Hedge fund billionaire and former GOP megadonor Seth Klarman, the CEO of Baupost Group who is worth $1.5 billion, has donated $15,400 to Sinema’s campaign and leadership PAC. Other finance industry billionaires who have donated to Sinema include Bain Capital Chairman Joshua Bekenstein, who combined with his wife has donated $13,639, Renaissance Technologies non-executive chairman and advisor James Simons and his spouse Marilyn, who have given $10,800, and Stephen Mandel of the hedge fund Lone Pine Capital, who combined with his wife gave Sinema $5,400.
Private equity and hedge fund lobbyists have also shoveled money to Sinema’s campaigns. Since 2012, lobbyists who disclosed representing top industry trade associations—the American Investment Council, the Managed Funds Association, and the National Venture Capital Association—have donated $75,502 to Sinema’s campaigns. These lobbyists were all registered to represent at least one of these groups for at least one quarter from 2012 through the second quarter of this year.
While the finance industry has been buttering up Sinema for many years, it was last summer, as Democrats began crafting the reconciliation legislation that became the Inflation Reduction Act, that it began appealing directly to Sinema for her assistance on carried interest.
“Thank you for representing a top state for private investment,” states a June 2021 ad targeting Sinema from the American Investment Council, a private equity lobbying group representing companies like Bain Capital and Warburg Pincus. The ad asked Sinema to oppose “policies that discourage” private equity investment, a veiled reference to the carried interest tax loophole that Democratic leaders had already begun floating for elimination in the bill. Then in July 2021, American Investment Council president Drew Maloney published an op-ed in AZ Central calling the idea of eliminating the loophole a “penalty” on private equity and asking Sinema to support the industry. “I urge [Sinema and Arizona Sen. Mark Kelly] to continue supporting private investment’s role in helping small businesses here in Arizona and across the country,” Maloney wrote.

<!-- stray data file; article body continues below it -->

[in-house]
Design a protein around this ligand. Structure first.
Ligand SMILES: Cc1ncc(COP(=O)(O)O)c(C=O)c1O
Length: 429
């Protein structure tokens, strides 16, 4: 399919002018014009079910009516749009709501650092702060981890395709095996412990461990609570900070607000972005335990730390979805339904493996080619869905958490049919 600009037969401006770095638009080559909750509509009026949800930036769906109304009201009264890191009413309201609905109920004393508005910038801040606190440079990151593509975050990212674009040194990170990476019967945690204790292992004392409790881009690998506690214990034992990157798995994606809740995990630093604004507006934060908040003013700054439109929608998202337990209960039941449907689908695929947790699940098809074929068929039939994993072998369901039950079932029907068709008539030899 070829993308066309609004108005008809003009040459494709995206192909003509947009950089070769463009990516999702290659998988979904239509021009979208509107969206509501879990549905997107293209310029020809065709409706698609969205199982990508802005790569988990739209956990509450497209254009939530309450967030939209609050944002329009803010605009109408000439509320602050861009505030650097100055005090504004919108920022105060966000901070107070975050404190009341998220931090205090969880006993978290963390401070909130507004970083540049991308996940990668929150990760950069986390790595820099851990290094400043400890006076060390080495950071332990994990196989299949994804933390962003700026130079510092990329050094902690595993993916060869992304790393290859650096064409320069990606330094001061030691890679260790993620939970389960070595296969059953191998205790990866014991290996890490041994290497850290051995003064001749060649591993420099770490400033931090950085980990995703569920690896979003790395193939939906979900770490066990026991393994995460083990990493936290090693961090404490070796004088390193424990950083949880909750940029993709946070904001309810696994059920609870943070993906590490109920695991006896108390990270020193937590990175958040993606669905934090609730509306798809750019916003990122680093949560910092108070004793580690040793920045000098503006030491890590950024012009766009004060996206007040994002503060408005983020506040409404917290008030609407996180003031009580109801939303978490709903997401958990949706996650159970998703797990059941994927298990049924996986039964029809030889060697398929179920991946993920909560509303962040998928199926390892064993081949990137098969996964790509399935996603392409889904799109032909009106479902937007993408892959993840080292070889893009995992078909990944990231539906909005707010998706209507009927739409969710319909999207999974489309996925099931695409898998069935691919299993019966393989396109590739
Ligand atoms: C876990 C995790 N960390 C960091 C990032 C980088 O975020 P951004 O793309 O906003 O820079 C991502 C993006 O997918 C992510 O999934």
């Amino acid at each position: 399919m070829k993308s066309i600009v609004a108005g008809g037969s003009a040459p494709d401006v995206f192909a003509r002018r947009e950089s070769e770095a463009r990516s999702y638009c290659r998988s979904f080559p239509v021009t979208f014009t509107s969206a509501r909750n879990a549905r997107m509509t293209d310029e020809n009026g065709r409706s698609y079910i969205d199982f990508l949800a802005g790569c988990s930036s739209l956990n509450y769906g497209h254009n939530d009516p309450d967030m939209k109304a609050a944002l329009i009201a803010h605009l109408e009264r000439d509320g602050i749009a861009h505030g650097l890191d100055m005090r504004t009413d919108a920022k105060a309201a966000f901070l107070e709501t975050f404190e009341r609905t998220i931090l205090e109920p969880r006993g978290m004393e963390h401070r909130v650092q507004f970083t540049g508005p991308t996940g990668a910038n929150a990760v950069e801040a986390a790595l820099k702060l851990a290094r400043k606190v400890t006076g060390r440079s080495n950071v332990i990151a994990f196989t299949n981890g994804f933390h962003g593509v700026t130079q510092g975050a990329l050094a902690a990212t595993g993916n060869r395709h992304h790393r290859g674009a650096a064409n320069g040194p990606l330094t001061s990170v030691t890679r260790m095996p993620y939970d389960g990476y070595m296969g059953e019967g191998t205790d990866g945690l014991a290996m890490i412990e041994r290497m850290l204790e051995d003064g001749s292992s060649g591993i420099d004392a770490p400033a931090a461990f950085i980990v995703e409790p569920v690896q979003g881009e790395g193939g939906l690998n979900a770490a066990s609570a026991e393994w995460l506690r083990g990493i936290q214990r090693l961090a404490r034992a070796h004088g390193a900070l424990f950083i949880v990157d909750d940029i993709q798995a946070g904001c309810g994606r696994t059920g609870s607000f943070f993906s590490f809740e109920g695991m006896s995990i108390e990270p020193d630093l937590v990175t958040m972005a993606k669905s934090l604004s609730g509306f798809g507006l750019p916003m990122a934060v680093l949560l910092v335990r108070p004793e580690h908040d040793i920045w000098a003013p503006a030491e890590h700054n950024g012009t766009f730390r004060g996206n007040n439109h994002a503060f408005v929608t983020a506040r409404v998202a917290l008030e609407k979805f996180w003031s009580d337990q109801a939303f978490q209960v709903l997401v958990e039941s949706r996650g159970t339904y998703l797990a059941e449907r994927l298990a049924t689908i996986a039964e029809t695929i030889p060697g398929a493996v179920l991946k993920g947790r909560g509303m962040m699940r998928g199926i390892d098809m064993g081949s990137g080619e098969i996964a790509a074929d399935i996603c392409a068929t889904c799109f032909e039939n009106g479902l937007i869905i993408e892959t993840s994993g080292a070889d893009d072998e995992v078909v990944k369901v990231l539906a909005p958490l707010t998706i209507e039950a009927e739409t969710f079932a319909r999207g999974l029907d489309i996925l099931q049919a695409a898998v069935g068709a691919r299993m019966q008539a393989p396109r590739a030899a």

Beyond campaign donations, the hedge fund and private equity industries have found additional ways to send their money to coffers that benefit Sinema. Individuals employed in the industry have donated at least $95,900 to Sinema’s leadership PAC, which she calls ”Getting Stuff Done PAC,” a pot of money that the senator uses to finance travel, lodging, and other fundraising expenses, as well as for making donations to other politicians. Getting Stuff Done PAC donors have included Blackstone President Jonathan Gray, KKR Co-Founder George Roberts, Trian Fund Management Founding Partner Nelson Peltz, and many other prominent figures in the industries.
John LaBombard, Sinema’s former communications director, is now senior vice president at bipartisan public affairs firm ROKK Solutions. While ROKK does not publicly disclose its clients, they reportedly include financial services companies. This month, LaBombard has twice appeared on CNN to defend Sinema’s cuts to the provisions on carried interest, calling on Senate Democrats to agree with the changes.
A super PAC called Red and Gold PAC that spent nearly $1.7 million attacking Sinema’s Republican opponent in the 2018 elections, former Sen. Martha McSally, got nearly half of its overall funding from hedge fund billionaires. George Soros, founder of hedge fund Soros Fund Management, gave the super PAC $600,000 and James Simons gave it $500,000.